Vore Buffalo Jump

 Posted by at 12:02 am  Nick's Blog
Jan 282017

Note: This story was in the September-October, 2007 issue of the Gypsy Journal

Located alongside busy Interstate 90 at the far eastern edge of Wyoming is a little-known archeological site that is well worth the time for a visit. The Vore Buffalo Jump is one of the most important archaeological sites of the Plains Indians culture.

Discovered during the construction of Interstate 90 in the early 1970s, the Vore site is a natural sinkhole that was used as a bison trap by five or more tribes from about 1500 to 1800 A.D. Indians drove buffalo over the edge of the precipice to harvest the large quantities of meat and hides needed to survive the harsh prairie winters. During that time, as many as 20,000 bison were killed and butchered here.

The culture of the Plains Indians depended upon the great bison herds that roamed the grasslands of western North America. The buffalo provided the Indians with food, clothing, shelter, tools, and implements.

A successful buffalo hunt required participation from almost every member of the tribe. Men would stampede the buffalo toward the sinkhole, while women waved branches and animal skins to help herd the animals into a narrow passage of rock toward the hole’s edge. Once the animals plunged over the rim, other tribal members waited below to finish off the injured ones and start the butchering process.

The Indians worked on an assembly line process, skinning the animals, cutting the meat away, and hauling hide, meat, and bones to the top of the sinkhole. There are hundreds of buffalo jump sites across the West, and tribes would rotate to different ones as they followed the buffalo herds.

After a successful hunt, a jump could not be used for several years until the smell of blood has dissipated, or it would warn the animals away. So important were the buffalo, and the need for a successful harvest, that researchers tell us that though some tribes might be at war with each other, they would set aside their differences long enough to work together during hunting season.

The Vore family homesteaded in Wyoming’s Redwater Valley in the late-1880s. When the route for Interstate 90 was surveyed across the southern portion of the Vore ranch, the original plan was to fill in the sinkhole and pave over it. But when engineers drilled holes in the bottom to determine the hole’s stability, they discovered large quantities of buffalo bones. A decision was made to reroute the highway south of the sinkhole and to notify archaeologists from the University of Wyoming that a cultural site of unknown size and importance had been discovered.

Initial excavations in the summers of 1971 and 1972 proved that the Vore Site was massive. Bone and crude stone implements extend throughout the sinkhole, which is almost 200 feet in diameter. In 1989 the family of Woodrow and Doris Vore donated the land to the University of Wyoming.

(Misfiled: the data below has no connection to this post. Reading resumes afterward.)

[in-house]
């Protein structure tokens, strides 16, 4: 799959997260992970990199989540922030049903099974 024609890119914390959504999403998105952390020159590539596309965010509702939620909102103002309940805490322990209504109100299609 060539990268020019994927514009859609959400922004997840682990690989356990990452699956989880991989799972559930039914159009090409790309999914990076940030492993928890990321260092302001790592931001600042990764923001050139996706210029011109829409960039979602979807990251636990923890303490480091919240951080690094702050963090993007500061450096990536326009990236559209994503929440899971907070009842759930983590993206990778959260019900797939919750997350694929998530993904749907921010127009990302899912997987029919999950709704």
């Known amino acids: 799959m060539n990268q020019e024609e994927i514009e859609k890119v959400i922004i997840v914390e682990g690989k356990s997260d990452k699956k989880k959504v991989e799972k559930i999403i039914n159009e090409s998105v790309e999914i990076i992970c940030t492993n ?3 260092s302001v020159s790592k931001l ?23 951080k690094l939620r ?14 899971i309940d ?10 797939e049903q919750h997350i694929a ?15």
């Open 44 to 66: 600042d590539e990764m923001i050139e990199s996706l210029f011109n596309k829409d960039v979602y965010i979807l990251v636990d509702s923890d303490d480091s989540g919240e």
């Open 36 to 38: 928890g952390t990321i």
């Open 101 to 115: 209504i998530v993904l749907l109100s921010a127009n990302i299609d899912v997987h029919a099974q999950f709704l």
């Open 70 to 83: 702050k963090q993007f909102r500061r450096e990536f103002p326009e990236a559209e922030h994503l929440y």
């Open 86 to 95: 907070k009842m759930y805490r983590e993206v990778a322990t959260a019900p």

The Vore Buffalo Jump features enormous quantities of bone and stone artifacts that are perfectly preserved in layers of sediment and held in place within a natural bowl. Scientists can use carbon dating and other methods to determine the dates of jumps held here. The sinkhole was used so extensively that the layers of bone and sediment extend over twenty feet below the surface! Within the site are the butchered remnants of as many 20,000 bison, as well as thousands of chipped stone arrow points, knives, and other tools.

To date, only a small percentage of the Vore Buffalo Jump has been excavated, and there is much left to do. Future plans call for an interpretive Visitor Center that will have exhibits on the relationship between Plains Indian culture and the great bison herds that once roamed the Great Plains.

Visitors can take a guided tour of the site, including a walk down a gravel path to the bottom of the sinkhole, where a layer of bones have been uncovered. Guides explain the history of the site and how the Indians depended on the buffalo for their very survival. The walk back up is a bit steep, and those with physical limitations might find it too strenuous.

The present site has a small parking area that is suitable for passenger cars, but not RVs. The road in front of the site is very lightly traveled, and during our visit two trailers were parked on the shoulder, allowing what little traffic there is to pass with no problems.

The Vore Buffalo Jump is located on the westbound Interstate 90 frontage road, about three miles west of Beulah, Wyoming. The Vore Buffalo Jump is open to the public June 1st – Labor Day, 8 am to 6 pm. Entrance fee is $7 per person with a $20 maximum per family.

So far, over 150 people have signed up for our latest Free Drawing. And I’m not surprised because we’ve got a great prize this week. Jim O’Briant has donated a one year subscription to www.OvernightRVParking.com. This is a great resource for RVers, listing well over 13,000 free places where you can park overnight. It’s a $24.95 value and it could be yours free if you’re our lucky winner. To enter, all you have to do is click on this Free Drawing link or the tab at the top of this page and enter your name in the comments section at the bottom of that page (not this one). Only one entry per person per drawing please, and you must enter with your real name. To prevent spam or multiple entries, the names of cartoon or movie characters are not allowed. The winner will be drawn Sunday evening.

Thought For The Day – Nobody said life would be easy. They just promised it would be worth it.

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Nick Russell

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